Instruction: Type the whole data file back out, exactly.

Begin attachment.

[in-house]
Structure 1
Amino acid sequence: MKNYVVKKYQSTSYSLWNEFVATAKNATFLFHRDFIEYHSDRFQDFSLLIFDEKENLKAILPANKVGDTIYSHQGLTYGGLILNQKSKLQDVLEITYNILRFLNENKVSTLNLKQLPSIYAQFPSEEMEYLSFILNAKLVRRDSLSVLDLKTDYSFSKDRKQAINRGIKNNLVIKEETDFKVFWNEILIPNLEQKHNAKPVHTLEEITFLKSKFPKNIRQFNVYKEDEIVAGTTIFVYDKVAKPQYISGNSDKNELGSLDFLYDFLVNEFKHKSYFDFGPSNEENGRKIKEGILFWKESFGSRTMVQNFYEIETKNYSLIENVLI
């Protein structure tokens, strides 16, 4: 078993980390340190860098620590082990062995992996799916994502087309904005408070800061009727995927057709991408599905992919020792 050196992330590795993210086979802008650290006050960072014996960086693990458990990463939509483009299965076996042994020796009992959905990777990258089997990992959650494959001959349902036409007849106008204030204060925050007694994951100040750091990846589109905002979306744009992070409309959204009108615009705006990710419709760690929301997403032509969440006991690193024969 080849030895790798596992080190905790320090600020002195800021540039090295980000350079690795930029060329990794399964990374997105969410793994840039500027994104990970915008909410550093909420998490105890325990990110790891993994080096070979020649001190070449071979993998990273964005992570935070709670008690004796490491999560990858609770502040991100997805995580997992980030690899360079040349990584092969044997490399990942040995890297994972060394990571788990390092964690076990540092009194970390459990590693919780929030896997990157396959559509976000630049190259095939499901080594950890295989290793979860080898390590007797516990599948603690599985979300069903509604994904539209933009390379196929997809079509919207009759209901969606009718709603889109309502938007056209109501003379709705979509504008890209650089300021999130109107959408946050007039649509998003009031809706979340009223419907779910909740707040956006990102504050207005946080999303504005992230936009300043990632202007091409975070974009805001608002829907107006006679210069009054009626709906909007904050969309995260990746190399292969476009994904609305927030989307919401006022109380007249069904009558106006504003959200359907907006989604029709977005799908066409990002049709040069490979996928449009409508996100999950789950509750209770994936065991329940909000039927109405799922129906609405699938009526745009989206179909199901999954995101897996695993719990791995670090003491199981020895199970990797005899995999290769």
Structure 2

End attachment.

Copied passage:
[in-house]
Structure 1
Amino acid sequence: MKNYVVKKYQSTSYSLWNEFVATAKNATFLFHRDFIEYHSDRFQDFSLLIFDEKENLKAILPANKVGDTIYSHQGLTYGGLILNQKSKLQDVLEITYNILRFLNENKVSTLNLKQLPSIYAQFPSEEMEYLSFILNAKLVRRDSLSVLDLKTDYSFSKDRKQAINRGIKNNLVIKEETDFKVFWNEILIPNLEQKHNAKPVHTLEEITFLKSKFPKNIRQFNVYKEDEIVAGTTIFVYDKVAKPQYISGNSDKNELGSLDFLYDFLVNEFKHKSYFDFGPSNEENGRKIKEGILFWKESFGSRTMVQNFYEIETKNYSLIENVLI
């Protein structure tokens, strides 16, 4: 078993980390340190860098620590082990062995992996799916994502087309904005408070800061009727995927057709991408599905992919020792 050196992330590795993210086979802008650290006050960072014996960086693990458990990463939509483009299965076996042994020796009992959905990777990258089997990992959650494959001959349902036409007849106008204030204060925050007694994951100040750091990846589109905002979306744009992070409309959204009108615009705006990710419709760690929301997403032509969440006991690193024969 080849030895790798596992080190905790320090600020002195800021540039090295980000350079690795930029060329990794399964990374997105969410793994840039500027994104990970915008909410550093909420998490105890325990990110790891993994080096070979020649001190070449071979993998990273964005992570935070709670008690004796490491999560990858609770502040991100997805995580997992980030690899360079040349990584092969044997490399990942040995890297994972060394990571788990390092964690076990540092009194970390459990590693919780929030896997990157396959559509976000630049190259095939499901080594950890295989290793979860080898390590007797516990599948603690599985979300069903509604994904539209933009390379196929997809079509919207009759209901969606009718709603889109309502938007056209109501003379709705979509504008890209650089300021999130109107959408946050007039649509998003009031809706979340009223419907779910909740707040956006990102504050207005946080999303504005992230936009300043990632202007091409975070974009805001608002829907107006006679210069009054009626709906909007904050969309995260990746190399292969476009994904609305927030989307919401006022109380007249069904009558106006504003959200359907907006989604029709977005799908066409990002049709040069490979996928449009409508996100999950789950509750209770994936065991329940909000039927109405799922129906609405699938009526745009989206179909199901999954995101897996695993719990791995670090003491199981020895199970990797005899995999290769």
Structure 2